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Desert Diary

Arthropods/Honey-pot Ant


What is tiny, sweet, and hangs upside down inside an ant nest? Why a honey-pot ant, of course! Some workers cling to the roof of special chambers, and other workers feed them nectar—LOTS of it! In fact, these workers receive so much nectar that their bodies swell, and all they can do is hang from the roof as living pots of honey. The nectar is collected from desert flowers and insects. When there is not enough food, the ants get the stored nectar back from the honey-pot workers, providing both food and liquid to the rest of the colony.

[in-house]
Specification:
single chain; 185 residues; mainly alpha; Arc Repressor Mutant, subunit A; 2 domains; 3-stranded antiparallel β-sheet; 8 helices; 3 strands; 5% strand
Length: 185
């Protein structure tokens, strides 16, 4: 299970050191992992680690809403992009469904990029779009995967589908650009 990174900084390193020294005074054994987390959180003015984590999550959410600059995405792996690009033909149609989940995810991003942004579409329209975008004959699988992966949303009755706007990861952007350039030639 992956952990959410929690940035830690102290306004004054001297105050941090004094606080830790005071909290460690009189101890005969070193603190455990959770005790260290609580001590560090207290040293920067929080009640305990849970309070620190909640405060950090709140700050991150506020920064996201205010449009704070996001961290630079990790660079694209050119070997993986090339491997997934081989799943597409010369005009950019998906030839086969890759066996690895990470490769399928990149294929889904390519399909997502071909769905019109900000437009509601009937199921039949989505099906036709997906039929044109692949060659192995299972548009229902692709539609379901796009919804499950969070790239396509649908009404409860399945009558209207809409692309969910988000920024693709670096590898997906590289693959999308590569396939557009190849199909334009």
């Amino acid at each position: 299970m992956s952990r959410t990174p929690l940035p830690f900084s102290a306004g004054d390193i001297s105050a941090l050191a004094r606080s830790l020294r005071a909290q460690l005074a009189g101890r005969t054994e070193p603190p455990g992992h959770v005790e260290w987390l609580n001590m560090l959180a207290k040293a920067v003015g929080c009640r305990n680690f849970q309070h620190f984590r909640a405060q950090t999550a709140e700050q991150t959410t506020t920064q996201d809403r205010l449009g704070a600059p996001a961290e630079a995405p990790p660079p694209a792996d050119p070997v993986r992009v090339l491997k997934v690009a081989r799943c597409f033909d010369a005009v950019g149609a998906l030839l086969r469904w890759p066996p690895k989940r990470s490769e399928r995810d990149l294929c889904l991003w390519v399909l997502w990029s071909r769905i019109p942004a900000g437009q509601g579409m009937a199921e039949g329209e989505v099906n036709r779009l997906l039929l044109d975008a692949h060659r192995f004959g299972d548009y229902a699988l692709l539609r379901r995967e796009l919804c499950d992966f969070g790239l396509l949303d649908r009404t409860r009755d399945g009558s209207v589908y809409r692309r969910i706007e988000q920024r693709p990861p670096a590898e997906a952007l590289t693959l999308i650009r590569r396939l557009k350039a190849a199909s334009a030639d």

These little honey-pots are sweet enough that some people eat them as candies. In fact, you can buy them in some markets in northern Mexico. Clear, yellow ants are the sweetest. Darker ants may have liquids from dead animals, so people avoid those!

Honey-pot ants are a wonderful example of animals that are well adapted to their environment. By using some ants to store food, pen and inkthe entire colony can survive in our harsh, Chihuahuan Desert climate.

Listen to the Audio (mp3 format) as recorded by KTEP, Public Radio for the Southwest.


Contributor: William Mackay, Laboratory for Environmental Biology, University of Texas at El Paso.

Desert Diary is a joint production of the Centennial Museum and KTEP National Public Radio, University of Texas at El Paso.



Web Resources

This Thinkquest site includes a spectacular photograph of a honey-pot ant part way down the page. (You may hit an introductory page first, in which case click on Desert Explorer.)